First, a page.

Family connections

Early in the project it was decided not to include the books from the National Library’s collections in the list of material to be digitized. We didn’t have workflows for them and there were plenty of other material in terms of archives, manuscripts, images and newspapers for digitization.

Since then some of the library’s private funds have been earmarked to digitise more material that conveys the experience of the people of Wales during the First World War, so we looked at the list of material we had initially identified in our collections, but which we’d decided not to include. Among this material were the books.

I noticed  one book, Abercynon to Flanders and back by Wilfred Bowden. My family is from the local area so I started reading some of the story. Mr. Bowden joined the army in 1915, when he was technically too young, he served on the Somme and Mametz Wood before being wounded and captured by the Germans in 1918.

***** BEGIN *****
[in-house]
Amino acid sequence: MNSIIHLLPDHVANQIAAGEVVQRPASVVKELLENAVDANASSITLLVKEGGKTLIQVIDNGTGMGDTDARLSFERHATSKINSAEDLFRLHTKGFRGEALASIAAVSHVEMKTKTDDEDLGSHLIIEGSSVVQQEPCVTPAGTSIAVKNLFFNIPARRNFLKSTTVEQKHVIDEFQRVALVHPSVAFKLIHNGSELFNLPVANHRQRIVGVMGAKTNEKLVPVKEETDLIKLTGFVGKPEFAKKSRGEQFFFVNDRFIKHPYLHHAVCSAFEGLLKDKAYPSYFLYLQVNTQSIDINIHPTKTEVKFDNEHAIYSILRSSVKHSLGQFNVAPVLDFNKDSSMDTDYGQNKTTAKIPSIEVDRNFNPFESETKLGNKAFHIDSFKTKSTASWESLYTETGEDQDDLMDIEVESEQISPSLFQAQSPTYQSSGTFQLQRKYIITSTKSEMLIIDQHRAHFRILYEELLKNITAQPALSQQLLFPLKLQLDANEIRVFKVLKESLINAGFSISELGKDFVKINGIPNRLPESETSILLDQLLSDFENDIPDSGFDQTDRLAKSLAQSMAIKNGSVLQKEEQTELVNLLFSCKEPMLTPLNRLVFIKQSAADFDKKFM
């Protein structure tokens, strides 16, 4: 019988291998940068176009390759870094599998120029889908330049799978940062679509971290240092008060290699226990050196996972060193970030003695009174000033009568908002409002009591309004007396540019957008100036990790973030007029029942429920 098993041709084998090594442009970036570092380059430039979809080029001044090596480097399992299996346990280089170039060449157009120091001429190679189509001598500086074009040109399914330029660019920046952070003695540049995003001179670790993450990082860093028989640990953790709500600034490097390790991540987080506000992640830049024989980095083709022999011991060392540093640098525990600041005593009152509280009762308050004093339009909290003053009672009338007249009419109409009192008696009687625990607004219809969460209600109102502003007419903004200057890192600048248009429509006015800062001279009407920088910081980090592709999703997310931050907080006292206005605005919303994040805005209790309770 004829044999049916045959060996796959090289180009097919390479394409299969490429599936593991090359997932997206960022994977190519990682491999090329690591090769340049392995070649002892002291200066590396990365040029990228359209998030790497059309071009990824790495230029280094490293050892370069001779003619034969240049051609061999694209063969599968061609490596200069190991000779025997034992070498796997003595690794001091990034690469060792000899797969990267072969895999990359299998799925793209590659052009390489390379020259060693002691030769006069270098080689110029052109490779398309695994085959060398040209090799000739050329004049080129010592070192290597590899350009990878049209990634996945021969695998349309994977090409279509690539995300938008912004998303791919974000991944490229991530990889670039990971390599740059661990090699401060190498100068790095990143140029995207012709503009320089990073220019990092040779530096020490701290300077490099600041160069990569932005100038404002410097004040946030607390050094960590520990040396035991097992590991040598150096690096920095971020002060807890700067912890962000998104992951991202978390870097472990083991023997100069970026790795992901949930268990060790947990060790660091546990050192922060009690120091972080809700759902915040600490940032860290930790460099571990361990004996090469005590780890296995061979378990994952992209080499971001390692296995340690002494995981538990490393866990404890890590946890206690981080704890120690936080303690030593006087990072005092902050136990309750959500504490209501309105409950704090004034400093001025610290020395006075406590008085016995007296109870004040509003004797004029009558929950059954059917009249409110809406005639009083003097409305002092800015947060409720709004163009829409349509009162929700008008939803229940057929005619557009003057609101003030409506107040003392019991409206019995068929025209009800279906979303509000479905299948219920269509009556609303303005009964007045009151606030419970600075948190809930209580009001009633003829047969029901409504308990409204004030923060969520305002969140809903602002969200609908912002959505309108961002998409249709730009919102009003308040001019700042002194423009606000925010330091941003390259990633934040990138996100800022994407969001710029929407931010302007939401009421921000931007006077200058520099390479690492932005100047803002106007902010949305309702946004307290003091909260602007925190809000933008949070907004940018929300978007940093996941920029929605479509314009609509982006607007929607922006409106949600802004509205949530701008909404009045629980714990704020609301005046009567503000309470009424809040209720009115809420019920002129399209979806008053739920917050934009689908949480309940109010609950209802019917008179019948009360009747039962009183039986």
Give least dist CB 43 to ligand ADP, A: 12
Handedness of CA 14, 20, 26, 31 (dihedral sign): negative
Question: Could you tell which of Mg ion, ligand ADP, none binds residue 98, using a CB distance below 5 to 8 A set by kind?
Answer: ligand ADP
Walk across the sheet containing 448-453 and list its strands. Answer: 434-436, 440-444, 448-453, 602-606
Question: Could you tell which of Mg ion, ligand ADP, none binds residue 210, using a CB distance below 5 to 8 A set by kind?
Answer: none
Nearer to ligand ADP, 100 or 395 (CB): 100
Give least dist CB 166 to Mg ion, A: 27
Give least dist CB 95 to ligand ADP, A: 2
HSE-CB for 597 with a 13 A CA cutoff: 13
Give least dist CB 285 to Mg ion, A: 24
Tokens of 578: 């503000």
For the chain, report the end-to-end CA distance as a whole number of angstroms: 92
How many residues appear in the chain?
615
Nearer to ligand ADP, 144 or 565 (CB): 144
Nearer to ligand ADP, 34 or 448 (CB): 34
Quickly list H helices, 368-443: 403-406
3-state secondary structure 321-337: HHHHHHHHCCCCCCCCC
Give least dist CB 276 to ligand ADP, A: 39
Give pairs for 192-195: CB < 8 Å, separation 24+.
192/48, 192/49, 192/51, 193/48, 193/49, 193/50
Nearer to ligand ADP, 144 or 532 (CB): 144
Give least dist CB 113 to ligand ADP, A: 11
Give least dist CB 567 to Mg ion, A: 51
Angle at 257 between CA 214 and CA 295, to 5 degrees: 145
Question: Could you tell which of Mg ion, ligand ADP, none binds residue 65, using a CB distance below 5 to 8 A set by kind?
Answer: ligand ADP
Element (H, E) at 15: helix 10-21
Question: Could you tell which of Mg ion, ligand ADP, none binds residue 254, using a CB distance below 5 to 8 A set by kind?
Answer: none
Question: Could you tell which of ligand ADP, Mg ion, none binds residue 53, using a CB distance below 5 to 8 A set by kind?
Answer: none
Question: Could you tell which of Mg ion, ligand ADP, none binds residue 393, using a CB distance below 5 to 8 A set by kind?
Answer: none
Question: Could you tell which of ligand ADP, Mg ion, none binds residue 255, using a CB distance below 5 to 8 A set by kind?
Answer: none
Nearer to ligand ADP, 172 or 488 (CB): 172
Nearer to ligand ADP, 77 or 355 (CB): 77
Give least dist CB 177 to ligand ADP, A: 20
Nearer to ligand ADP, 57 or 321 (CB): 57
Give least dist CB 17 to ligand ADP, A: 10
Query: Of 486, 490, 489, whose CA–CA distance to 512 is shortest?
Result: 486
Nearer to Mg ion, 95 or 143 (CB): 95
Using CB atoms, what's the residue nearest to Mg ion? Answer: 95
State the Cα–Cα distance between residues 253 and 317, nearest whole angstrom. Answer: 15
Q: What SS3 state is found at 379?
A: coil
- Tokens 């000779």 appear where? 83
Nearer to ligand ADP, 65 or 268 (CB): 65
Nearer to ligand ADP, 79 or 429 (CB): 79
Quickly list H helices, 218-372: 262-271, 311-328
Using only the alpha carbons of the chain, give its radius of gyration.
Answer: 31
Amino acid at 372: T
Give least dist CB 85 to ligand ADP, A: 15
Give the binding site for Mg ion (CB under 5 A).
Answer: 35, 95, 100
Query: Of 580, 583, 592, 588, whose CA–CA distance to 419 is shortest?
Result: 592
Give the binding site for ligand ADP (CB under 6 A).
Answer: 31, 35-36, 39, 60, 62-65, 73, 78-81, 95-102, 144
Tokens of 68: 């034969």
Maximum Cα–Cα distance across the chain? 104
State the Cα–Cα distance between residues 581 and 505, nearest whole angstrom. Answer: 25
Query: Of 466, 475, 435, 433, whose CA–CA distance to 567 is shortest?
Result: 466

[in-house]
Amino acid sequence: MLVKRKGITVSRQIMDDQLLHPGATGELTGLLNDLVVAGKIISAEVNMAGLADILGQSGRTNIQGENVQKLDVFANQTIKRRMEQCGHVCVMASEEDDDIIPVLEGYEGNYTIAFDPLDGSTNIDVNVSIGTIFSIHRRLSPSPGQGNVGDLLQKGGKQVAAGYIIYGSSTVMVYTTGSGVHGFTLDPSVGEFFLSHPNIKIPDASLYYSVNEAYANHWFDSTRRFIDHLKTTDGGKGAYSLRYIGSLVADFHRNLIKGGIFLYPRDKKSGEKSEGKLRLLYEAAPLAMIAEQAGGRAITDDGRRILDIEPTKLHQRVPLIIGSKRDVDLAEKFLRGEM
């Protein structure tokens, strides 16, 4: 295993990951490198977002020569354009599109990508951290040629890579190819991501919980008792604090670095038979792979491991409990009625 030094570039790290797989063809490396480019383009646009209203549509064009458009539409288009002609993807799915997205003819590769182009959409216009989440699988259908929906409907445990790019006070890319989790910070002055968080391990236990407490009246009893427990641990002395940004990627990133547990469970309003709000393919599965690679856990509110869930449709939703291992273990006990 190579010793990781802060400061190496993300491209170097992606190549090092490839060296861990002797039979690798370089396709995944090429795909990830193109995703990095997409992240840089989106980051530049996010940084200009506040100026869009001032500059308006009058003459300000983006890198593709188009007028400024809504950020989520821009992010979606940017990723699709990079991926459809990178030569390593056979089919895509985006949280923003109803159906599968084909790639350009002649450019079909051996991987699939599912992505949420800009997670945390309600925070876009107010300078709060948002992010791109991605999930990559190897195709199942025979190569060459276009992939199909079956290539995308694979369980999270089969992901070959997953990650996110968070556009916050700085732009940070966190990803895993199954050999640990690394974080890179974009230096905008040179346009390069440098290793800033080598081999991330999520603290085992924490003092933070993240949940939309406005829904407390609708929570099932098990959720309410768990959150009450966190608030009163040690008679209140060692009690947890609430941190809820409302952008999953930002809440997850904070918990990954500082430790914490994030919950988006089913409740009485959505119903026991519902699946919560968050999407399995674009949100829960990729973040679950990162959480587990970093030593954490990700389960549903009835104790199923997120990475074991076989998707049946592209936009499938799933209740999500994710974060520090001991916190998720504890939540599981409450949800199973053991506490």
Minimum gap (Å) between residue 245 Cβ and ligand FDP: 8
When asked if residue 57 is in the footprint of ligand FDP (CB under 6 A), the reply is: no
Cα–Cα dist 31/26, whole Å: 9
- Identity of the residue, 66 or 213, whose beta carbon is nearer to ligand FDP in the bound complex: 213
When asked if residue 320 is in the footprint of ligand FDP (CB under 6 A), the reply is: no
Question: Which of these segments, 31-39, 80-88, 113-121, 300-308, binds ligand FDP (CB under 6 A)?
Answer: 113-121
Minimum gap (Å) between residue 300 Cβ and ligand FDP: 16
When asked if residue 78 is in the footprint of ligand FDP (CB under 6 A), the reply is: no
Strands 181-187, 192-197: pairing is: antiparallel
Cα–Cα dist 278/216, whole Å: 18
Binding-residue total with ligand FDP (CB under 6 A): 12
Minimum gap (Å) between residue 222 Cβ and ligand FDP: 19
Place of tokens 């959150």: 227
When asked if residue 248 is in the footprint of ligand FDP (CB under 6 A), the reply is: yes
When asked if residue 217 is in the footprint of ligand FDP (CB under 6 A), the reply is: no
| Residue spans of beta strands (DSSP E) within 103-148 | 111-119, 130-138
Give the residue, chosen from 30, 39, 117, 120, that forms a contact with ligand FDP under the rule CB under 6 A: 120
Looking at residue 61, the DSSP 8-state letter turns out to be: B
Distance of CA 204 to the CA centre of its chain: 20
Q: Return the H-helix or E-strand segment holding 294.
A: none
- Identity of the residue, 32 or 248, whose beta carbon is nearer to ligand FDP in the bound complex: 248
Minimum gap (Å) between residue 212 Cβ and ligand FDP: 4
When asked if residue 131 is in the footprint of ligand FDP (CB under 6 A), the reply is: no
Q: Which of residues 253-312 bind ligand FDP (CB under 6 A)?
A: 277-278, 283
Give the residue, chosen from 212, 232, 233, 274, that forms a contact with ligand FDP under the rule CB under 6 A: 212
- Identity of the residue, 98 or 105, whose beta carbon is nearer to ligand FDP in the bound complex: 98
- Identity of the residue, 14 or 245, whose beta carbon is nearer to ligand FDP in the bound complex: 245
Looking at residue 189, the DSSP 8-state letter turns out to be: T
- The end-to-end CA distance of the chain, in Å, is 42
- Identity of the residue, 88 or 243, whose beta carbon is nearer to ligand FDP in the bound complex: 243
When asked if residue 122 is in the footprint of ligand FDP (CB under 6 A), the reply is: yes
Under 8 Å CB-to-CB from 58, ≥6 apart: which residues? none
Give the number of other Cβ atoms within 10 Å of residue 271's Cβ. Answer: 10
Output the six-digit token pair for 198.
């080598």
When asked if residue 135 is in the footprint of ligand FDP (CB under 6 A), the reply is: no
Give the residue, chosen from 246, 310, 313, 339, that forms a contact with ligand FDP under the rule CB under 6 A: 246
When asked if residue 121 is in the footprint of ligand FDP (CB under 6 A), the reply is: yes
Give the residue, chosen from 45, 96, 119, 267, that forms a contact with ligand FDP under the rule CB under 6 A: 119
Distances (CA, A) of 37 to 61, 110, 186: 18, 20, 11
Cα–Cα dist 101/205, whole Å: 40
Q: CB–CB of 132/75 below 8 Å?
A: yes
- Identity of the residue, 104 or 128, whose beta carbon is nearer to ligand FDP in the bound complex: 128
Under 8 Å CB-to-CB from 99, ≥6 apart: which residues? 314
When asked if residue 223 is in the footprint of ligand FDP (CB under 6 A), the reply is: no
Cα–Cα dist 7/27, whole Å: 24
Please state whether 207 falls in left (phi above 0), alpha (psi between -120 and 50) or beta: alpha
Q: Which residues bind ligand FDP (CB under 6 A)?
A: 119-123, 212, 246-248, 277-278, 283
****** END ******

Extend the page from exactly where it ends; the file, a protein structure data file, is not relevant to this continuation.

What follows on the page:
He came back to Wales after the war, and took a job with the Great Western Railway in Abercynon, and became a locomotive driver. My father worked on the railway in Abercynon after leaving school so I wondered whether Wilfred Bowden was still working when my father joined the railway. Did they know each other? I read on – Mr Bowden didn’t retire until 1963 so the chances were that my father had worked with him!

Later I called my father to ask if he remembered Wilfred Bowden. It turns out that fireman on the engine my father had worked many times with the man who had fought on the Somme and who had been a prisoner of war in 1918. My father spoke of a respected man who as well as being an engine driver was a magistrate, a local union official and member of the council. Wilfred Bowden spent the years after the war making a great contribution to the local community. It was a miracle he came back alive from the war, but really this is an example of one Welshman’s experience of the Great War.

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